Reporters: Angela Ng, Catherine Chiang, Yi Yeung
Editors: Stanley Lam, Chester Chan
rom the nightly light show on Victoria Harbour to the neon signs of Mong Kok, Hong Kong is famed for its nightscape. Tourists from around the world come to marvel at this colourful display but local residents may see it differently.
A new LED video screen the size of five tennis courts on the exterior wall at the Sogo department store in Causeway Bay, led to questions about whether the use of decorative or advertising external lighting is becoming excessive.
Sammy Poon, a Causeway Bay resident, has lived next to Times Square for almost 20 years. In the past, her window blinds were enough to block the lights. But with so many bright screens now, she says it is impossible to shut the light out. Even if she sleeps with all the blinds drawn, she can still feel the lights flashing.
In 2011, the government set up the Task Force on External Lighting to look at how best to tackle light pollution in urban areas. After a public engagement exercise from August to November 2013, the Task Force concluded that due to diverse views on the regulation of external lighting, legislation would not be appropriate. In 2015, they recommended setting up a voluntary charter scheme instead.
This scheme is now known as the Charter on External Lighting (the Charter), and was launched in January 2016. The voluntary Charter asks businesses to switch off lighting installations with decorative, promotional or advertising purposes at a preset time between 11pm and midnight.
As of today, it boasts nearly 4700 signatories from individual outlets around Hong Kong. However, there are relatively few signatories in light pollution hotspots such as Tsim Sha Tsui and Causeway Bay.
Location of the charter signatories
Although there are 4679 signatories all over Hong Kong to date, only 146 signatories are located at three districts where light pollution is most severe in: Causeway Bay (22), Mong Kok (40) and Tsim Sha Tsui (84).
One year into the Charter’s operation, Caroline Mak, Chairperson for the Promotions of the Charter on External Lighting, still believes the Charter is the best solution for businesses and the public. She is sympathetic to the Environment Bureau (ENB), who she says has to balance the interests of different stakeholders.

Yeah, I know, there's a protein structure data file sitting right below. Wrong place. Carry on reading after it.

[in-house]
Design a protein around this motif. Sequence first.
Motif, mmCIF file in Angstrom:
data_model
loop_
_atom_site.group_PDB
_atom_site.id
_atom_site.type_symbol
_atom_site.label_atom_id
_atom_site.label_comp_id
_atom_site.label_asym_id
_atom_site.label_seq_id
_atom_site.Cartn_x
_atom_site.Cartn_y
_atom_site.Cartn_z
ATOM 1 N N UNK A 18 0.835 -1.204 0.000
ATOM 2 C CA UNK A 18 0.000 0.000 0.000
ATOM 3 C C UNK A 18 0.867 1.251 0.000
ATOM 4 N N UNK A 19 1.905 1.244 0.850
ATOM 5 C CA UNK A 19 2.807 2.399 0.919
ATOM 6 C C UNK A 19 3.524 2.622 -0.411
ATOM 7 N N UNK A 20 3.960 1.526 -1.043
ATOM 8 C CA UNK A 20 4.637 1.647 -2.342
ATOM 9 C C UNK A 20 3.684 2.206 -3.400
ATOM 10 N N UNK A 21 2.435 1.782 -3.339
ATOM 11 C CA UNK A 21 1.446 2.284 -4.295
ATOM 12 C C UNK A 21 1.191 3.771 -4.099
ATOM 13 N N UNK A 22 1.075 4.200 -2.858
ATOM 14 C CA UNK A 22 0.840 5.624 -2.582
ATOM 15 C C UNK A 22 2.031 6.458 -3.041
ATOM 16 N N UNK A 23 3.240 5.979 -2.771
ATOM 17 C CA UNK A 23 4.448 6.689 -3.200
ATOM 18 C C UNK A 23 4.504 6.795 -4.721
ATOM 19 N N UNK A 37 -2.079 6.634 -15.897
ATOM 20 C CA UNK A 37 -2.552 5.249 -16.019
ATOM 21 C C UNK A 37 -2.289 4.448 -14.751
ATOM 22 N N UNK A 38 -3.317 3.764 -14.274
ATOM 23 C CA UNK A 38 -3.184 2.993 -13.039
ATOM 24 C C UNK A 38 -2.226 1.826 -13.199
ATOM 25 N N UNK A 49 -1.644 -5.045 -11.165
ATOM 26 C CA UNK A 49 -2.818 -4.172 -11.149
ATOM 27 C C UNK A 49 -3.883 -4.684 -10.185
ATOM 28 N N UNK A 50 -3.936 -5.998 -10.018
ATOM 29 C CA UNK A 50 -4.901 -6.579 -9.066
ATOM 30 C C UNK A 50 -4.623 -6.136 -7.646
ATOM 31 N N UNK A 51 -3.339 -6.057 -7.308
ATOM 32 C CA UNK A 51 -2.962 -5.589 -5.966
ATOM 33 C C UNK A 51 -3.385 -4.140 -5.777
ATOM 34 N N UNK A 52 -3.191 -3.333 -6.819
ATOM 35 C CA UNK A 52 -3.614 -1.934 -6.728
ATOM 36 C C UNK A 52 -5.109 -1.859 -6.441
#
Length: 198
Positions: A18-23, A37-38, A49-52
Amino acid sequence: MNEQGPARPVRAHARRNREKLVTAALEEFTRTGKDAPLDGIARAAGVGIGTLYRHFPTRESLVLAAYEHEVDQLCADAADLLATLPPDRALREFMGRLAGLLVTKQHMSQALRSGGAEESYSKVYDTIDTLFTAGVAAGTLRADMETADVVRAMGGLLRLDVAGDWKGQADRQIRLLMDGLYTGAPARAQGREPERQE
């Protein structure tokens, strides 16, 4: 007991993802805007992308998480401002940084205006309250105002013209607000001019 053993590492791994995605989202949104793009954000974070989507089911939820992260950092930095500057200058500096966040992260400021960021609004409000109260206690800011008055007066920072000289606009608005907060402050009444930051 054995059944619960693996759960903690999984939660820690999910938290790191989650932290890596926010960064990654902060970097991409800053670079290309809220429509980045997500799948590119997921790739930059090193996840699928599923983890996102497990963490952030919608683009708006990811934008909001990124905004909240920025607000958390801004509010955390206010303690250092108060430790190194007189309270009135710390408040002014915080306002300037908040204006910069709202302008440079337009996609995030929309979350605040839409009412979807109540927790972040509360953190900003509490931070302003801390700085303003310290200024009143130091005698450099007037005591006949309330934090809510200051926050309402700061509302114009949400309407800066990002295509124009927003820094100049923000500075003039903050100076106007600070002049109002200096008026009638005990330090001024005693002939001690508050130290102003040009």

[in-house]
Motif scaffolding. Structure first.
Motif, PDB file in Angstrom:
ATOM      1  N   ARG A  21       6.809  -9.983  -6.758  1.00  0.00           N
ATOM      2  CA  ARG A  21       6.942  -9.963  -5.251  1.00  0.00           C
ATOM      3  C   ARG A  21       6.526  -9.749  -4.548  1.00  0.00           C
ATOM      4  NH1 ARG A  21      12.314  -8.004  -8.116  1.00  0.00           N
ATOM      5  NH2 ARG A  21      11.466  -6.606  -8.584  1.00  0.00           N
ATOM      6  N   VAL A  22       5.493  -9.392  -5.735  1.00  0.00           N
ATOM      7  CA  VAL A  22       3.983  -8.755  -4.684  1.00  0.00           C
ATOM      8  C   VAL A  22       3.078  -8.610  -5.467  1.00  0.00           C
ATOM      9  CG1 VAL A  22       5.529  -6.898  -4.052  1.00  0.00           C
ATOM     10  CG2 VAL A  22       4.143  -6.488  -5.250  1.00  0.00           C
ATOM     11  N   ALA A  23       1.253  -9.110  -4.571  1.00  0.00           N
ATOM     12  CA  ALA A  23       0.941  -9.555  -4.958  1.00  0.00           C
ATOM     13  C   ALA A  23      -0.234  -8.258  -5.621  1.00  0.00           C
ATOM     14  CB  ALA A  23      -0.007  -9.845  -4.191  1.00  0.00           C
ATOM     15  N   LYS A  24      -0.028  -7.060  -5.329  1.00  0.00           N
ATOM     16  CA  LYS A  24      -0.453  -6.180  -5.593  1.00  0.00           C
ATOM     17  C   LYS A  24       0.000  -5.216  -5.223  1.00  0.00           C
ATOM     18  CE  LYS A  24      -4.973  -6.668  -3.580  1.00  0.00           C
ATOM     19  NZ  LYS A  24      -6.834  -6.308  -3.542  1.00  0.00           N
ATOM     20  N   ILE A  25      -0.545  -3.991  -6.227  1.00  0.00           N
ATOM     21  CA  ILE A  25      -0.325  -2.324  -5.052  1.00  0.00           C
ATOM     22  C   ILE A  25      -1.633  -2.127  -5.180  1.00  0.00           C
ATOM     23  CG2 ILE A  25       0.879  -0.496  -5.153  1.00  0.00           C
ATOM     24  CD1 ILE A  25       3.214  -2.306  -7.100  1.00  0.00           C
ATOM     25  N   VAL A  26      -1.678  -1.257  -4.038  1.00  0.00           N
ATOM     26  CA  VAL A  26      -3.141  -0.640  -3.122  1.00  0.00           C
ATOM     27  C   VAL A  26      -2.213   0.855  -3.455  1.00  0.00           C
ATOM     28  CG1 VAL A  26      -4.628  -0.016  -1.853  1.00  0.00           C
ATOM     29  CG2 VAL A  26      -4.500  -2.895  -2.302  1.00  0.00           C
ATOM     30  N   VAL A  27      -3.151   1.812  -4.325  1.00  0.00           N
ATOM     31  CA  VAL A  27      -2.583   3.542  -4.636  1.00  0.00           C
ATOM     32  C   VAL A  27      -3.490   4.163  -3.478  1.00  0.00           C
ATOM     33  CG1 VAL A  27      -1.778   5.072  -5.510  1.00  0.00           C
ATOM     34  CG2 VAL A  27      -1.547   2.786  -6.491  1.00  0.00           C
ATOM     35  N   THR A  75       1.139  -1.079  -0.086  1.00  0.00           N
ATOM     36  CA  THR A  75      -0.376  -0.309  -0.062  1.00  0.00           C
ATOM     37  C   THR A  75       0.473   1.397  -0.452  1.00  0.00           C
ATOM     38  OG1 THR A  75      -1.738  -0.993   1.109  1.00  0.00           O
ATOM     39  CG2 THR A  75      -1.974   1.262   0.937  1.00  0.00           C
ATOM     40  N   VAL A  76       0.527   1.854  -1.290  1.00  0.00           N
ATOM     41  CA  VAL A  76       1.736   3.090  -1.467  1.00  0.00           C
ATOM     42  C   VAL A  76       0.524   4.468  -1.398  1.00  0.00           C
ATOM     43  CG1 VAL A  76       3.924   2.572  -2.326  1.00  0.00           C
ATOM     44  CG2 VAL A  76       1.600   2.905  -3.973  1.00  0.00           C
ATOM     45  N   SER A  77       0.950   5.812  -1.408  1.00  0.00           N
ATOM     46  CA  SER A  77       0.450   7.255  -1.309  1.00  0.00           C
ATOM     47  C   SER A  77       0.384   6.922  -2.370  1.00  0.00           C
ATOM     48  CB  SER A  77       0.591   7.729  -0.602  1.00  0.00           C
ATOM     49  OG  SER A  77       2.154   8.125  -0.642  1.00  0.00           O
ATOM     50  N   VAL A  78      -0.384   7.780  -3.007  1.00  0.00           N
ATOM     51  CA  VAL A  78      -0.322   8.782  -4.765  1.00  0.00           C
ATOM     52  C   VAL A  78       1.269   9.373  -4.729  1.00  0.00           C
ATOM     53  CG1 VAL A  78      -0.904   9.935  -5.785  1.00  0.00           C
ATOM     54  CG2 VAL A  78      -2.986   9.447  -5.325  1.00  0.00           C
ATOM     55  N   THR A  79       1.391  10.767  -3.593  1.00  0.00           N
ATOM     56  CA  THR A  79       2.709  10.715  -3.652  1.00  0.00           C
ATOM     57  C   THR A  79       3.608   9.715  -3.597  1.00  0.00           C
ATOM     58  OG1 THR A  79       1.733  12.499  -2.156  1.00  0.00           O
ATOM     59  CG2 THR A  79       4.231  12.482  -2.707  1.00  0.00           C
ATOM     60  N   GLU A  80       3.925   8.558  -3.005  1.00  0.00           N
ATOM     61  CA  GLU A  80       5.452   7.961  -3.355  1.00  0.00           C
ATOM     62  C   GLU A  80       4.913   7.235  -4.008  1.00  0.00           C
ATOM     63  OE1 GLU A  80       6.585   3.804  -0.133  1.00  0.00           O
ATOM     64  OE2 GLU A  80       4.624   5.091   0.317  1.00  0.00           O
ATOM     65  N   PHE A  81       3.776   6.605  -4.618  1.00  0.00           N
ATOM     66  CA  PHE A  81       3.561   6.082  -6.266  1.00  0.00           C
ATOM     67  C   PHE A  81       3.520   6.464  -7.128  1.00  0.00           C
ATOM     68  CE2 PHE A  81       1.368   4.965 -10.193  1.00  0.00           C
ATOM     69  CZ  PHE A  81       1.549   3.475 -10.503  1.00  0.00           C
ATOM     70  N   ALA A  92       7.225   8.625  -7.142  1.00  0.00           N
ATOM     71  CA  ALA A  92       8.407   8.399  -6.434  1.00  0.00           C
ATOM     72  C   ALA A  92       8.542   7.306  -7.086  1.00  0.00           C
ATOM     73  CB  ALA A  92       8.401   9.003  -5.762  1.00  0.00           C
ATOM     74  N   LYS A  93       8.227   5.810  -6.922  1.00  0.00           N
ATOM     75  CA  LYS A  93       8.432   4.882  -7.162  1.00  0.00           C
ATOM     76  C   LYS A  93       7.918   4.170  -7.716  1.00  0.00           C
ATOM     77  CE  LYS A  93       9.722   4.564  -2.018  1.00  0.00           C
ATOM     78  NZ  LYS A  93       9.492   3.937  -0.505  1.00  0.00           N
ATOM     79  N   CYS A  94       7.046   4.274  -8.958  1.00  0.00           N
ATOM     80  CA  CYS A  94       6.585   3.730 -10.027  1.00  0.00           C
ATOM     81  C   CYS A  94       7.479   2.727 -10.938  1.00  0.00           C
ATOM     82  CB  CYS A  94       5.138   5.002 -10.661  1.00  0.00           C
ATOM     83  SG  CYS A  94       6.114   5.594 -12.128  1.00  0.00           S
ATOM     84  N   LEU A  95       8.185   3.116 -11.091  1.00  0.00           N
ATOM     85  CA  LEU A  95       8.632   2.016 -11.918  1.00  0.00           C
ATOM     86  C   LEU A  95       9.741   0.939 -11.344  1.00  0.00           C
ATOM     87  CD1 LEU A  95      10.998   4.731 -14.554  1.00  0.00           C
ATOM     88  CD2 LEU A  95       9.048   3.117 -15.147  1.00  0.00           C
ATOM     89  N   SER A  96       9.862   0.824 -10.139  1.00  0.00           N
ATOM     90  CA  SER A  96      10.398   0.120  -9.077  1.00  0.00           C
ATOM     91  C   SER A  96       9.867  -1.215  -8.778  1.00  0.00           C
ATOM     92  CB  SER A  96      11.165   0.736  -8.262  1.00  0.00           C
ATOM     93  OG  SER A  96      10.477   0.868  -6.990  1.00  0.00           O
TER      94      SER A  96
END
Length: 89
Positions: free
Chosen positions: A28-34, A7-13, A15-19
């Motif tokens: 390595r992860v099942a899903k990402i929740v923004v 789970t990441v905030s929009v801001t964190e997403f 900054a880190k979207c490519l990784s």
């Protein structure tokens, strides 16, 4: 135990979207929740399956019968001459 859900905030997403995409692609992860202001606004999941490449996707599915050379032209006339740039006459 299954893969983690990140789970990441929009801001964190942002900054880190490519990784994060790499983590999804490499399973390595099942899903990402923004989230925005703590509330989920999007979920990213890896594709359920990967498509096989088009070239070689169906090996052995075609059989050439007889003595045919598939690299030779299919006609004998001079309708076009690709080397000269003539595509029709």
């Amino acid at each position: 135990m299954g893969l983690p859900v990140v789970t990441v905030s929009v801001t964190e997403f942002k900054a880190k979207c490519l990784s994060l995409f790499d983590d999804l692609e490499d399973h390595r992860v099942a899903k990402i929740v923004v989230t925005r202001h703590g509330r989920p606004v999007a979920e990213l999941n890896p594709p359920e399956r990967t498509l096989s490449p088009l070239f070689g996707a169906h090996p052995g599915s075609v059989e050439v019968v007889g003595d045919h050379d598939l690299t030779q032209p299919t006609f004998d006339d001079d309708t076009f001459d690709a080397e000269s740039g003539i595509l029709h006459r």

However, Wan Chai District Councillor, Yolanda Ng, says her constituents in Causeway Bay are still affected by light pollution even after the Charter was implemented. She explains that though many TV screens in the area are on second or third floor walls, their brightness can still affect residents who live on the 20th to the 30th floor.
Ng thinks businesses are taking advantage of the charter’s voluntary nature and lack of enforcement measures. Since the Charter was implemented, she has seen more than ten big TV screens being installed, including Sogo’s.
She adds that her constituents are tired of complaining without seeing any positive response from the government and they feel helpless. “When even the government backs the businesses, we feel like solving light pollution problem through legislating won’t happen in the foreseeable future,” she says.
So Chu-wing is a Physics professor and astronomer at the University of Hong Kong, and the project manager of the Hong Kong Night Sky Brightness Monitoring Network. For the past ten years, the network has been researching light pollution in Hong Kong. Their results show there is indeed an excessive amount of unnecessary lighting in Hong Kong, making it one of the most light-polluted cities in the world.
His research found that the night sky brightness dropped significantly at 11pm and midnight – when most commercial, advertising lights are turned off.
So remains optimistic and hopes the Charter is just the first of many gradual steps taken by the government to tackle the issue. While he understands the politics behind the issue of light pollution might be complicated, the solution might be simpler than people may think. “Just turn off the lights,” he says.